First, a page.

Franken takes two-thirds of Beltrami DFL delegates

Benefiting from a well-organized floor campaign, Al Franken captured two-thirds of Beltrami County's Democrat delegates Sunday in his bid to win party endorsement in pursuit of Republican U.S. Sen. Norm Coleman's seat.

Benefiting from a well-organized floor campaign, Al Franken captured two-thirds of Beltrami County's Democrat delegates Sunday in his bid to win party endorsement in pursuit of Republican U.S. Sen. Norm Coleman's seat.

Jack Nelson-Pallmeyer, University of St. Thomas professor of peace and justice studies, gave an impassioned speech earlier Sunday afternoon in his effort to woo Beltrami County DFLers to his side in the U.S. Senate race, drawing applause several times, but it was Franken's floor strategy during the evening's complex and convoluted delegate selection process that won out.

Of the nine delegates elected to attend congressional district and state DFL conventions - the latter where party endorsement for Senate will be given - satirist and former liberal radio talk show host Franken captured six and Nelson-Pallmeyer three.

"Both candidates of done a great job of getting their message across, and of course we're very pleased with the results," Frannie Franken, Al Franken's wife, said in an interview after the delegate selection dust settled. She also spoke earlier to delegates as a surrogate for her husband. "We're very grateful for the results because we need the endorsement of people, because it's a grass-roots, people-powered campaign. But we take nothing for granted and we'll be working as hard as we can."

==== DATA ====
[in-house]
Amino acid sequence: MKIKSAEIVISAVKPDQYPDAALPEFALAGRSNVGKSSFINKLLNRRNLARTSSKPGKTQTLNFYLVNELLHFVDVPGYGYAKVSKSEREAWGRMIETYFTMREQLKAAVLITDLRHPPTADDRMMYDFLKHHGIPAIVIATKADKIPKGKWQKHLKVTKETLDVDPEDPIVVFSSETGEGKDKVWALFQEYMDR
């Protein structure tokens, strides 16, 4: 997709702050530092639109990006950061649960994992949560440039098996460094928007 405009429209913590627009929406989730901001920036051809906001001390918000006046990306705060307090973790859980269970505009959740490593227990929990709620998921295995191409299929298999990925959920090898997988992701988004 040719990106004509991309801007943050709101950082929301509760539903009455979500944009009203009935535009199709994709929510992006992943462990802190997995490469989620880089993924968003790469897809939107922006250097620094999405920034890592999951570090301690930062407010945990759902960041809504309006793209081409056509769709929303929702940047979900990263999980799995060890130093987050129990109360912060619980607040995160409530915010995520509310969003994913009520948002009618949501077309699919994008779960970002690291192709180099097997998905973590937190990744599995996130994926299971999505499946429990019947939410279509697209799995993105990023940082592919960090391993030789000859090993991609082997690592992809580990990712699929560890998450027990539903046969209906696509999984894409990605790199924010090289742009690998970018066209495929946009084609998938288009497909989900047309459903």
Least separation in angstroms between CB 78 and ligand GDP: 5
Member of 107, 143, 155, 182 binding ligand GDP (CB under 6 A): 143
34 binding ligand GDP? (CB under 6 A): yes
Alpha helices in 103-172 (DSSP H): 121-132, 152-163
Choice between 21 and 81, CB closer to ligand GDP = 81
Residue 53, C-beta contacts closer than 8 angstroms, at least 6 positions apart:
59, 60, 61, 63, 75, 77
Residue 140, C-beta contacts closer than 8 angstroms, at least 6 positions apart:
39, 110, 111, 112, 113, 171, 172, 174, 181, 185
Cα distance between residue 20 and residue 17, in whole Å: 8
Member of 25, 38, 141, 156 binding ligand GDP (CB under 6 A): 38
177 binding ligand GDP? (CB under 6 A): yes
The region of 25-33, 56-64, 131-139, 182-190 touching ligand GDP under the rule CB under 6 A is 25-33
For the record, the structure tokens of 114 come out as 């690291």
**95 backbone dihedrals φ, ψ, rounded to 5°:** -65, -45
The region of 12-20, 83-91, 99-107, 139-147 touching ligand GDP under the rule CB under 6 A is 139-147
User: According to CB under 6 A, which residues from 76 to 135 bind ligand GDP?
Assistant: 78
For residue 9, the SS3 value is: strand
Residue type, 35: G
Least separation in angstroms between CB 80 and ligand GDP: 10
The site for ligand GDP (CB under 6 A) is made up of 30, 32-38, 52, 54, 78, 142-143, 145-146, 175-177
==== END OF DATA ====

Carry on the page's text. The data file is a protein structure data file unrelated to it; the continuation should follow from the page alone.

Democrats used a little-practiced procedure in Beltrami County to pick seven of the nine delegates called a walking sub-caucus, where convention delegates declare a candidate and an issue or issues and then actively pursue others to join their cause on the convention floor by literally walking around to button-hole them. Those sub-caucuses that don't gather enough delegates to proportionately have at least one of the county's state delegate selections are considered non-viable and must caucus with another group when another walking sub-caucus round is called.


The seven state delegates came from the 7th Congressional District part of Beltrami County, the largest part, while two delegates were elected by traditional balloting from the county's 8th Congressional District section - too few to permit proportional voting through the walking sub-caucus process. Both those delegates declared for Franken, while four of the seven 7th District delegates came from Franken sub-caucuses for "green economy" and "multi-issues." Nelson-Pallmeyer's delegates came with one from a single-payer universal health care sub-caucus and two from a "multi-issues" sub-caucus.

A group of staffers - some of them voting Beltrami DFL delegates - wearing dark blue "Team Franken" T-shirts worked the convention floor deftly, growing delegate support into two sub-caucuses that yielded four delegates. Nelson-Pallmeyer had staff too, but most were non-delegates and were frozen from the convention floor during the walking sub-caucuses.